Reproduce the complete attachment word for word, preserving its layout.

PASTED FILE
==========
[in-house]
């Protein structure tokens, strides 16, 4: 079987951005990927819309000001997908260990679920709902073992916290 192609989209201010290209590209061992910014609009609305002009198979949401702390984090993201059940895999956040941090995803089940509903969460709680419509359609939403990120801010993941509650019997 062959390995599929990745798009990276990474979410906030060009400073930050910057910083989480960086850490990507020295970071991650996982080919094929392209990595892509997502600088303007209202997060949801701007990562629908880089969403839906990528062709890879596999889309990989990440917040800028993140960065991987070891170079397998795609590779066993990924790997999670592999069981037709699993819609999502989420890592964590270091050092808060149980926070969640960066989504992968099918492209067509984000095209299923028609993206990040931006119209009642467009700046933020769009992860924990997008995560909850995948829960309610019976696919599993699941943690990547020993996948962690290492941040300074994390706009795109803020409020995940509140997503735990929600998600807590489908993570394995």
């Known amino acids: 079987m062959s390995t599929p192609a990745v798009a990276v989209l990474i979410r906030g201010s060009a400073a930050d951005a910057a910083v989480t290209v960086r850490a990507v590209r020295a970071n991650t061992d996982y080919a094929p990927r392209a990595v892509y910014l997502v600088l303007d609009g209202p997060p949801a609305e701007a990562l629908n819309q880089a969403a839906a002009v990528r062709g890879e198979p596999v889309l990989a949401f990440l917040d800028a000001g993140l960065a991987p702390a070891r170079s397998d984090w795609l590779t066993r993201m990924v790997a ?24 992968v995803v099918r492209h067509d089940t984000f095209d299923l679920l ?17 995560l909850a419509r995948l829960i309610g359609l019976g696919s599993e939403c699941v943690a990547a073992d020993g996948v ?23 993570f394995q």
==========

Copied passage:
[in-house]
């Protein structure tokens, strides 16, 4: 079987951005990927819309000001997908260990679920709902073992916290 192609989209201010290209590209061992910014609009609305002009198979949401702390984090993201059940895999956040941090995803089940509903969460709680419509359609939403990120801010993941509650019997 062959390995599929990745798009990276990474979410906030060009400073930050910057910083989480960086850490990507020295970071991650996982080919094929392209990595892509997502600088303007209202997060949801701007990562629908880089969403839906990528062709890879596999889309990989990440917040800028993140960065991987070891170079397998795609590779066993990924790997999670592999069981037709699993819609999502989420890592964590270091050092808060149980926070969640960066989504992968099918492209067509984000095209299923028609993206990040931006119209009642467009700046933020769009992860924990997008995560909850995948829960309610019976696919599993699941943690990547020993996948962690290492941040300074994390706009795109803020409020995940509140997503735990929600998600807590489908993570394995």
């Known amino acids: 079987m062959s390995t599929p192609a990745v798009a990276v989209l990474i979410r906030g201010s060009a400073a930050d951005a910057a910083v989480t290209v960086r850490a990507v590209r020295a970071n991650t061992d996982y080919a094929p990927r392209a990595v892509y910014l997502v600088l303007d609009g209202p997060p949801a609305e701007a990562l629908n819309q880089a969403a839906a002009v990528r062709g890879e198979p596999v889309l990989a949401f990440l917040d800028a000001g993140l960065a991987p702390a070891r170079s397998d984090w795609l590779t066993r993201m990924v790997a ?24 992968v995803v099918r492209h067509d089940t984000f095209d299923l679920l ?17 995560l909850a419509r995948l829960i309610g359609l019976g696919s599993e939403c699941v943690a990547a073992d020993g996948v ?23 993570f394995q």